In between, Wang played Earl Wild’s Sonata 2000, an attempt of a Golden Age pianist to connect with the new worlds of beat, punk and Latino heat. He does not completely convince these ears, and that had nothing to do with Wang’s scintillating playing, which burnt a track in the madcap finale, called Toccata a la Ricky Martin. Her selections from Granados’ Goyescas – The Maiden and the Nightingale and Requiebros (Flatteries) – were by no means rarities, but her sumptuous readings were a balm to the ears.
Her encores were like chalk and cheese. Zhu Wang Hua’s To Our Glorious Future (and 50 million deaths, that addition is wholly mine) is pure 1949 Chinese realist-socialist claptrap, while Gershwin’s I Got Rhythm was definitely more our cup of tea. She has got to play in Singapore sometime.
Late Night Piano Recital (10 pm)
For the first time ever, this festival held a late night concert, something to send listeners to a musical kind of dreamland. No Chopin Nocturnes or Ravel’s Gaspard were heard, but German pianist Christian G. Nagel (a former student of Peter Froundjian) performed an interesting hour-long palindromic recital. Allow me to explain. The concert began with German avantgardeists Dieter Schnebel and Karl-Heinz Stockhausen, followed by a series alternating several versions of Liszt’s Ave Marias with selections from Messiaen’s Vingt Regards sur l’enfant Jesus, before closing with Stockhausen and Schnebel. In short, a programmatic sandwich.
The sounds he generated were varied and interesting, from sharp dissonances to solace-inducing warm tones, and the ever-reassuring clangour of bells. Of much interest was the penultimate Stockhausen piece (Natürliche Dauern No.10) which required the tinkle of small bells attached to the fingers of the right hand. To facilitate that unusual arrangement, Nagel fashioned a glove (a la Glenn Gould) with the bells sewn into the finger apertures. His smokily crafted encore of M-A.Hamelin’s Meditation on Laura (after David Raksin’s movie music) added an extra gloss to the already entrancing evening.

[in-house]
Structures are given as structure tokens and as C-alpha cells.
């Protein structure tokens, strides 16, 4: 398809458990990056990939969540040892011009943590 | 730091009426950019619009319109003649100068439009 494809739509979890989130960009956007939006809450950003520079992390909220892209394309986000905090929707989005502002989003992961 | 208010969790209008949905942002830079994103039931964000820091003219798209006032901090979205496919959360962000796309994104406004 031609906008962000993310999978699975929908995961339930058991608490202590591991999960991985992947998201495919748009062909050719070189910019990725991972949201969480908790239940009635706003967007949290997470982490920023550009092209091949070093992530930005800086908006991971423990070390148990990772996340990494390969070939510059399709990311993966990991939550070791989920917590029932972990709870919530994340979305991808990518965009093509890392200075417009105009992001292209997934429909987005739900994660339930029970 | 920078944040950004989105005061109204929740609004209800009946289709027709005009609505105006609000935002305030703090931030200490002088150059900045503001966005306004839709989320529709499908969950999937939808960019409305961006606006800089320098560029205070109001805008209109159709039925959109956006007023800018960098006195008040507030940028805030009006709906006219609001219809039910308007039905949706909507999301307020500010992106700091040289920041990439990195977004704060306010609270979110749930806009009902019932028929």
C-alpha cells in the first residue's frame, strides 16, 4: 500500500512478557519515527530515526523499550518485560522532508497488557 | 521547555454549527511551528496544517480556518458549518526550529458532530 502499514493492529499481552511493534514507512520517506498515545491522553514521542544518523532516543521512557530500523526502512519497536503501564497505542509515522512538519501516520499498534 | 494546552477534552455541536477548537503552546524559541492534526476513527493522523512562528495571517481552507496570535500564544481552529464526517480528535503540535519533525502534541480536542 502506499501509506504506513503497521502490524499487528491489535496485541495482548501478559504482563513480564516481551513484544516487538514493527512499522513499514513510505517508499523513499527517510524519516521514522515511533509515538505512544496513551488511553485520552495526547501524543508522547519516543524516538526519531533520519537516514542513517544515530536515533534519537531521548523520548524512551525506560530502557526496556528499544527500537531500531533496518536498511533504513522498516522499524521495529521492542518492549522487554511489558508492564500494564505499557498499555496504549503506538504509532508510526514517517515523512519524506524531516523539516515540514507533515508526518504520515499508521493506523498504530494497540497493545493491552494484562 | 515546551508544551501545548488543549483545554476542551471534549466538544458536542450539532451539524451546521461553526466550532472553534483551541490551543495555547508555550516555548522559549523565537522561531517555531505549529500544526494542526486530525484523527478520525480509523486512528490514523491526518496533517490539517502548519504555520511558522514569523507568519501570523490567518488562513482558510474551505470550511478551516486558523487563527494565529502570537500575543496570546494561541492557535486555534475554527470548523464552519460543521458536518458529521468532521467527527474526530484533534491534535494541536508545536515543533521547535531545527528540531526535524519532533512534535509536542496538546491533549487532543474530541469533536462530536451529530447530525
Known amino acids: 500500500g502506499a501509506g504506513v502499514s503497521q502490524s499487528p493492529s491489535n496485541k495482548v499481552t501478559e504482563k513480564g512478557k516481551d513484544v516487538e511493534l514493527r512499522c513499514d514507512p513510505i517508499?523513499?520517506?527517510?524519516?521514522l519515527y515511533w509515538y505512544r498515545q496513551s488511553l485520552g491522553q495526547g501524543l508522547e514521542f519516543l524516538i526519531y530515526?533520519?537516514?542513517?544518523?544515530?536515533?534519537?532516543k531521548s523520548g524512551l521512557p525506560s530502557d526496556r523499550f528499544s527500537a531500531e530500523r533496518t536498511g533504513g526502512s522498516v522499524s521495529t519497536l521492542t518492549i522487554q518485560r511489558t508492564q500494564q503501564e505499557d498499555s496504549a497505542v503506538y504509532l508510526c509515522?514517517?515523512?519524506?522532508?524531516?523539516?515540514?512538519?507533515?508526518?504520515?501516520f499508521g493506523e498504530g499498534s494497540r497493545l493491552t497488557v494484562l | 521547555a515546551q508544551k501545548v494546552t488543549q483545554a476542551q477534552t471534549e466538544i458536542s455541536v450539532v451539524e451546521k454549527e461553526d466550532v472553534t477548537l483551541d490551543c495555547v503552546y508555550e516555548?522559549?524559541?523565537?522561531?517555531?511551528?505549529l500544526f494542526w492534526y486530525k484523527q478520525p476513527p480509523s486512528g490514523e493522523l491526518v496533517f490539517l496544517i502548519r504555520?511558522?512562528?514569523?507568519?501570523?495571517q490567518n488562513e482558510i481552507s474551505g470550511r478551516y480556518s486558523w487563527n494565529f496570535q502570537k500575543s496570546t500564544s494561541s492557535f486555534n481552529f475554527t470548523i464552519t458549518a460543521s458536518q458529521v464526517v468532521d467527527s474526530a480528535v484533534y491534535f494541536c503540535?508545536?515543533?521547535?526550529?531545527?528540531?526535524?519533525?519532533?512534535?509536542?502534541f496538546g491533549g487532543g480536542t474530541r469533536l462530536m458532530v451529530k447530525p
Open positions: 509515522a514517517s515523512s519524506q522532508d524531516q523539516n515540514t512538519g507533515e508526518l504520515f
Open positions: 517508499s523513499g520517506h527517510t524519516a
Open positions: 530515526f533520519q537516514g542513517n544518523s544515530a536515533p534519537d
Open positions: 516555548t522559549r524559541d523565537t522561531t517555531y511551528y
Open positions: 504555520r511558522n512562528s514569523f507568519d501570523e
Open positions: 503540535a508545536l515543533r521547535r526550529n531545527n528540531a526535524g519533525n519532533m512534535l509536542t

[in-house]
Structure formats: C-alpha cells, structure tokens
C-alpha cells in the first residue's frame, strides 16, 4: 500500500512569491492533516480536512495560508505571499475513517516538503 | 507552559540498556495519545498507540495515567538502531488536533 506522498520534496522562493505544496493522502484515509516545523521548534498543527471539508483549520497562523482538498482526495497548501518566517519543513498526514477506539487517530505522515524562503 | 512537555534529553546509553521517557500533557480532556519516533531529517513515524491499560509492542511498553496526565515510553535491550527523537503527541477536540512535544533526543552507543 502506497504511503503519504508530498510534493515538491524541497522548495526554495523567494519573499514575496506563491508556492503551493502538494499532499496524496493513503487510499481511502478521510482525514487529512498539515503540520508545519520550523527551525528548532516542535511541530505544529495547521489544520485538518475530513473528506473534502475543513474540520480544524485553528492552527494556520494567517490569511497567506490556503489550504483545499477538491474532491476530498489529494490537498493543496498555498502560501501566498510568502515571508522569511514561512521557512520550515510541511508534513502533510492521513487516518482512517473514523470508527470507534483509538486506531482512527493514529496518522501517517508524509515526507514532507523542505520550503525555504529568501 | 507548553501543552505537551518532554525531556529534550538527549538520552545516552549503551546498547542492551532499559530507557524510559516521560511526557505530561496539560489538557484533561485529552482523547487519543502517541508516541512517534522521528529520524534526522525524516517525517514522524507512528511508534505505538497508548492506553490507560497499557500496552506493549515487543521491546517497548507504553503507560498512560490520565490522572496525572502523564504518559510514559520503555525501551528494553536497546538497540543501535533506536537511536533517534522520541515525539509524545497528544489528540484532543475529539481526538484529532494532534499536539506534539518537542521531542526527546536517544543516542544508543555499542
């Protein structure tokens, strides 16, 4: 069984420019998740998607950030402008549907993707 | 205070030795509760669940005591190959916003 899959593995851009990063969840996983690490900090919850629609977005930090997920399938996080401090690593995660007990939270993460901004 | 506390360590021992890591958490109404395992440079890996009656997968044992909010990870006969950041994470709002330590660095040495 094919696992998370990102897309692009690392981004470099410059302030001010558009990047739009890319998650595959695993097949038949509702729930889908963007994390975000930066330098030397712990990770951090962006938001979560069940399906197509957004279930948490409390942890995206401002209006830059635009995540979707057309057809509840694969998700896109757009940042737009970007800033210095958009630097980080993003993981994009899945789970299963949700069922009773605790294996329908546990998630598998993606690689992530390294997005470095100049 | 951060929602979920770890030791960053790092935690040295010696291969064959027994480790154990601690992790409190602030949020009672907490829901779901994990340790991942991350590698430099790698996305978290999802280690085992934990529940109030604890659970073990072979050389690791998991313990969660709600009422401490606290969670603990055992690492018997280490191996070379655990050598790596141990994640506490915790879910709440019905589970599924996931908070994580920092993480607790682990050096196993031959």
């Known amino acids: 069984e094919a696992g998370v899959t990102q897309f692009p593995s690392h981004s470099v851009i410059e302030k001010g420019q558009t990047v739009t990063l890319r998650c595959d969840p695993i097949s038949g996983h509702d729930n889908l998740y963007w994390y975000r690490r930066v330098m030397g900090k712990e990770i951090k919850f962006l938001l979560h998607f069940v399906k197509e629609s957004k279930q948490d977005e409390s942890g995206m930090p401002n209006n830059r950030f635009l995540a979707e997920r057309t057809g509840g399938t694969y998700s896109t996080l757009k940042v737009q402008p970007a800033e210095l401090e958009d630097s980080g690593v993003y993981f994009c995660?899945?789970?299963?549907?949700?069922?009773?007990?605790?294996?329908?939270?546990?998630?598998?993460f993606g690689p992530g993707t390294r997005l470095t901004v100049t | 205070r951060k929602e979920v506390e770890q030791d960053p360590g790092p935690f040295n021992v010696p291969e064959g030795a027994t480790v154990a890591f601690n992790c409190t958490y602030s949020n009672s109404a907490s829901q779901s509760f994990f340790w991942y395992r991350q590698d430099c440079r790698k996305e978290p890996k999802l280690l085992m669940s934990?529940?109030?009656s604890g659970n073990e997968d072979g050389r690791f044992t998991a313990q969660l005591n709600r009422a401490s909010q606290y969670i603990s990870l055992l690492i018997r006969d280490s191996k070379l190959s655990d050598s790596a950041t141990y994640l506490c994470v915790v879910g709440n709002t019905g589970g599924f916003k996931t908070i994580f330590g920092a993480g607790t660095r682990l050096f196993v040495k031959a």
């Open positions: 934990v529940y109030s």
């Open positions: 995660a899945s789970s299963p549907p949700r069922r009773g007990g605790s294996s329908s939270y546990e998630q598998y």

|Now I head off to Berlin!|
Saturday 31 August 2019
Regretfully, my Husum sojourn comes to an end, one day early. Thus I would miss Danish record company Danacord owner Jesper Buhl’s talk on My Favourite Things and Cyprien Katasris’ recital of Polish music by Stanislaw Moniuzsko and students of Chopin. My wrong. But there had to be a good reason: the Singapore Chinese Orchestra performs this evening at the Berlin Konzerthaus Gendarmenmarkt. That should make another interesting story.
The Rarities of Piano Music at Schloss vor Husum festival for 2021 has been announced! It takes place from 13-21 August 2021, featuring the same cast of pianists who would have performed at the 2020 festival. For more details, check out: piano-festival-husum.com
Be seeing you again in Husum!